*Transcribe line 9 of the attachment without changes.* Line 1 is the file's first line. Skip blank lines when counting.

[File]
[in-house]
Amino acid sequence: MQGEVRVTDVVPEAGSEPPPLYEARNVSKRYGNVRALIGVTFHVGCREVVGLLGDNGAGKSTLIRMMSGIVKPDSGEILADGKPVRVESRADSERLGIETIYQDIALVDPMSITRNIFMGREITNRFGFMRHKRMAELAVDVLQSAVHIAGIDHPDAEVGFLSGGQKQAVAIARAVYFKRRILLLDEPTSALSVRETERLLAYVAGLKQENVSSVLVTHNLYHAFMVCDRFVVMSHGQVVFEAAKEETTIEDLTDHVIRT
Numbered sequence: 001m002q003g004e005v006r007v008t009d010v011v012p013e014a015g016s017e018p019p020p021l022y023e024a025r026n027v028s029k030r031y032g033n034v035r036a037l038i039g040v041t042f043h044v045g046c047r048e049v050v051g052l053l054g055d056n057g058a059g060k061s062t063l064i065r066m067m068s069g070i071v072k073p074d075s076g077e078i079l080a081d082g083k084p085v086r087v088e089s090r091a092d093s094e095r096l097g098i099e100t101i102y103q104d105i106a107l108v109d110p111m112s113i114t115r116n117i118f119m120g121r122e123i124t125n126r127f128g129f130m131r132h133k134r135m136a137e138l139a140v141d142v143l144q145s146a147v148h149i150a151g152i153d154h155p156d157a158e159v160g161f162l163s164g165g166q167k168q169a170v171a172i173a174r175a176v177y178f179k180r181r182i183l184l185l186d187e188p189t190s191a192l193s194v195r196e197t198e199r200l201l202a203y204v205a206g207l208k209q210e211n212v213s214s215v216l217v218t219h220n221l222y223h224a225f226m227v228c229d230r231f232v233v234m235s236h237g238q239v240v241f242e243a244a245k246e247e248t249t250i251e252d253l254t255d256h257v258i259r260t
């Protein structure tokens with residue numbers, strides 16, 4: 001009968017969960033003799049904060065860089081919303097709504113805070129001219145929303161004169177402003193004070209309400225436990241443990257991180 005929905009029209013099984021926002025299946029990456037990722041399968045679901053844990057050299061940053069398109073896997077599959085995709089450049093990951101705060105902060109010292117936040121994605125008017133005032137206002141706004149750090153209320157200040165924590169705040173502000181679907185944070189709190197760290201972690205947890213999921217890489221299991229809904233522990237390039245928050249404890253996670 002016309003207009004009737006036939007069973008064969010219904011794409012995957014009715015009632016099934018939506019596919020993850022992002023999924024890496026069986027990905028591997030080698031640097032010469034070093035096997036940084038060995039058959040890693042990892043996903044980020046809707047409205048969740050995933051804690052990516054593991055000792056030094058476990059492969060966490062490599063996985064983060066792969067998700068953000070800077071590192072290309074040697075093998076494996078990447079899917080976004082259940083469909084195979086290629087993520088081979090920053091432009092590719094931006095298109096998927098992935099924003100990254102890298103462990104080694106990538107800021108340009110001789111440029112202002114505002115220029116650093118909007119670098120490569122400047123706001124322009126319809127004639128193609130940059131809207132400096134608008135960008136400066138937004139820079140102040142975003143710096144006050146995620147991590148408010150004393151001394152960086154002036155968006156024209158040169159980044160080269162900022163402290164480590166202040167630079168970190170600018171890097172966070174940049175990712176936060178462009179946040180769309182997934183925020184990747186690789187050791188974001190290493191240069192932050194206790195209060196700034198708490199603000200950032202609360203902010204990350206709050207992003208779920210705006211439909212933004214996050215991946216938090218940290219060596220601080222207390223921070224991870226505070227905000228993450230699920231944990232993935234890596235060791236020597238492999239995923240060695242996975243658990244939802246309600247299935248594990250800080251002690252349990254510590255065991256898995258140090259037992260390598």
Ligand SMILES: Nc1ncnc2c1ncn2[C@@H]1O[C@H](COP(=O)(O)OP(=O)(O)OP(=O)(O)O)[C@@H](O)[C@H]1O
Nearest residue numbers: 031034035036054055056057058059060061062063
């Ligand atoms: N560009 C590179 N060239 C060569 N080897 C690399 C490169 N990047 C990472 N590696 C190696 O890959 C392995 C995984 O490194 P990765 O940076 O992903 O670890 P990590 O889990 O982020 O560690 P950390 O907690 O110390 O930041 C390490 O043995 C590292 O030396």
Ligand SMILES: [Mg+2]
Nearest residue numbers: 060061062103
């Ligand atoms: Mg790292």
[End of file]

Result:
Nearest residue numbers: 060061062103